Evi’s tips on writing characters who complement each other

Hiyo, everyone! Today I have a writing-related topic to discuss, though it’s broad enough to cover not just written media, but also the scripts for movies, shows, and all sorts of other things. I’m going to talk about how I make my cast of characters complement each other!

I’ll start with some brief clarification. I don’t intend on discussing how to make characters compliment each other, i.e. say nice things to each other. That’s a totally different topic! When you Google the word complement, used as a verb, the definition you get is “add to (something) in a way that enhances or improves it; make perfect.” That’s what I plan to delve into. How to make each of your key characters improve each other.

The above definition begs a question: “What exactly does it mean for a character to be ‘perfect’ (or ‘complete’) within the context of the story?” The answer certainly isn’t to make them without character flaws. In fact, doing that makes them less compelling as characters because flawless people aren’t relatable. In my eyes, the key is in what drives all stories forward: Conflict.

Any compelling story should have themes, or questions it provokes in the reader/viewer/player. Characters complement each other well when you’re able to compare and contrast them with regards to theme. To use the Harry Potter series as an example, Harry and Voldemort complement each other because they have opposite views on the series’ central theme of death; Harry risks his life for others time and again, whereas Voldemort goes to great lengths in his quest for immortality. Their underlying philosophies thematically clash with each other even as the characters fight each other magically, adding another dimension to their struggle.

I find the best antagonists challenge the protagonist of the story in every way, especially thematically. But enemies aren’t the only ones who should have a thematically inspired relationship. Ideally, all major characters should have their own thoughts regarding central themes. Often, the protagonist’s allies in large part agree with them , but interactions between them are more interesting if they at least disagree regarding something related to the themes. Two perfectly harmonic viewpoints won’t come into opposition with each other, and conflict is everything.

Goals are another key factor to keep in mind. What are each of your characters trying to achieve? If your ‘good guys’ are teaming up, it’s quite possible that they have very similar goals, but, still, it’s important to make it clear why they have those goals. Two people can arrive at the same conclusion for very different reasons, and by delving into those, the reader/viewer/player gains a better understanding of not only the characters, but the theme itself.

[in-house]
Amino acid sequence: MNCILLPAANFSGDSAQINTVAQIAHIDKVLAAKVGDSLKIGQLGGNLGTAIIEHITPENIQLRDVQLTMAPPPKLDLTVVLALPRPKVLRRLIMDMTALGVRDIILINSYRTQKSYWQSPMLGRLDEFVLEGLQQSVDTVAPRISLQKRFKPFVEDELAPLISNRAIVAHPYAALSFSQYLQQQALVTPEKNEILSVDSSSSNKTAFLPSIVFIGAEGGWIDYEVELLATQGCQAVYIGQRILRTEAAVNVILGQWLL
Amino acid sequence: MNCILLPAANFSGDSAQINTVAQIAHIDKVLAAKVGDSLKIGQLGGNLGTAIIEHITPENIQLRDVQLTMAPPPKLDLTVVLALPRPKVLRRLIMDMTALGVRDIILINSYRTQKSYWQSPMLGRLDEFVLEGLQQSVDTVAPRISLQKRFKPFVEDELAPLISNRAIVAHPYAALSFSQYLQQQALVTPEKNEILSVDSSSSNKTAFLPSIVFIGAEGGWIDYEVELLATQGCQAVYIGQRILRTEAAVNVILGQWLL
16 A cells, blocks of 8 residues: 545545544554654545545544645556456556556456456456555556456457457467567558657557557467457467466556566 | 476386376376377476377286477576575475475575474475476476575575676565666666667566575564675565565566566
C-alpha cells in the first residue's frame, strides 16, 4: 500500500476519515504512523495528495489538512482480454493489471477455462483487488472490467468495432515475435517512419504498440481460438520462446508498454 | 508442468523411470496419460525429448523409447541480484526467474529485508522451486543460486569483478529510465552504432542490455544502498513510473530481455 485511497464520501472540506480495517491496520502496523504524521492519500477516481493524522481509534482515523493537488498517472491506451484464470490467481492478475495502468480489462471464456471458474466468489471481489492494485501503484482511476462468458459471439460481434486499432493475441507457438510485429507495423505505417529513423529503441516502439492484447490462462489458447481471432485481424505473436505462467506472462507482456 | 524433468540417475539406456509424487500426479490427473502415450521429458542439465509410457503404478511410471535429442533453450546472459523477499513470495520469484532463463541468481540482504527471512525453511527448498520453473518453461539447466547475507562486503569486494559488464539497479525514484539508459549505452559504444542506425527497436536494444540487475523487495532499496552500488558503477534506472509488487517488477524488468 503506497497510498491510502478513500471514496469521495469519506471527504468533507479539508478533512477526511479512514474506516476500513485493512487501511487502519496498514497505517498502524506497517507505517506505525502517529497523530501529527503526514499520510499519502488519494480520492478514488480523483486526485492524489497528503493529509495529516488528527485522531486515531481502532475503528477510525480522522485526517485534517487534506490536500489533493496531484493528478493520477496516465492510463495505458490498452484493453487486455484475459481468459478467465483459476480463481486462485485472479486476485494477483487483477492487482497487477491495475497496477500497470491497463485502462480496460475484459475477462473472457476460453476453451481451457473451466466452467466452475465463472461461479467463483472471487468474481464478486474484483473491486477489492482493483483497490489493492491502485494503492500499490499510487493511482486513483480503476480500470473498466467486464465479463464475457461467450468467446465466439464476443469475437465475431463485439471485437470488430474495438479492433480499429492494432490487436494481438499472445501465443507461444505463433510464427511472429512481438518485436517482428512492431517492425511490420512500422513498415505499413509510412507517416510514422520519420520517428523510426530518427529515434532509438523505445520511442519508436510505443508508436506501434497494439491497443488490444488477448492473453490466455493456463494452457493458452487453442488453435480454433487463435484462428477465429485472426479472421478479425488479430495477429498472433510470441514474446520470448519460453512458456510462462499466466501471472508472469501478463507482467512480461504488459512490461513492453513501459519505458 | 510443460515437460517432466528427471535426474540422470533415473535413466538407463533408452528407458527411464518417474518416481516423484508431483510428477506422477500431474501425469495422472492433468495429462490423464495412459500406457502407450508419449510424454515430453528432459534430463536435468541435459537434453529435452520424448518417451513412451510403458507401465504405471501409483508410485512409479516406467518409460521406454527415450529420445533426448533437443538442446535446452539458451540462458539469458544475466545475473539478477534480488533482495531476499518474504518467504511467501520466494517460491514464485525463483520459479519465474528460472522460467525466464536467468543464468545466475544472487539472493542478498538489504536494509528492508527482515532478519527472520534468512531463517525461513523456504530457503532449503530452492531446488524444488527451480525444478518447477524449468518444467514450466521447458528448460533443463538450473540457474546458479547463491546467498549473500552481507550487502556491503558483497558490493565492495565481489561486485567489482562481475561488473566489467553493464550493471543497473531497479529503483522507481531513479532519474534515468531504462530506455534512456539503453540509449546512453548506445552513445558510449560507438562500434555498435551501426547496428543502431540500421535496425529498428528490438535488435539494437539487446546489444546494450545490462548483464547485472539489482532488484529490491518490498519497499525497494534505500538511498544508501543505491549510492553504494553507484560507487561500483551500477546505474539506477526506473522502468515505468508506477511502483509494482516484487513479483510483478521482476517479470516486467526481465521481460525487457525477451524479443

As I mentioned above, your characters should have flaws. One way to make them work well together is by having them challenge each other’s weaknesses. By forcing them to acknowledge their own shortcomings, you create an inner struggle in each character that naturally leads to character development. To use a vaguer example, you may have one character be too merciful towards defeated foes and another be completely merciless. By making them butt heads over that difference, you can move both characters’ story arcs forward.

Of course, it’s important to write a cast of characters that is diverse in all sorts of ways, including personality traits. While all the main characters should have thoughts regarding the central themes, there should be more to them than just that. Be careful not to focus so much on character synergy that you forget to make each character a thoroughly fleshed out individual! If two different characters look at the same painting (just a silly example), they will probably have non-identical thoughts surrounding it. As with goals, clashing viewpoints can be used to paint a larger picture of the themes at hand and, in doing so, really help tie the novel together.

What do you guys think? Do you disagree with me, or think I missed any important points? What sort of themes do you find most compelling? I bet, if you analyze your favorite works, you’ll find a lot of examples of synergy throughout. Please let me know if you notice anything! Until next time, enjoy, and have a wonderful week!


Leave a Reply

Fill in your details below or click an icon to log in:

WordPress.com Logo

You are commenting using your WordPress.com account. Log Out /  Change )

Google photo

You are commenting using your Google account. Log Out /  Change )

Twitter picture

You are commenting using your Twitter account. Log Out /  Change )

Facebook photo

You are commenting using your Facebook account. Log Out /  Change )

Connecting to %s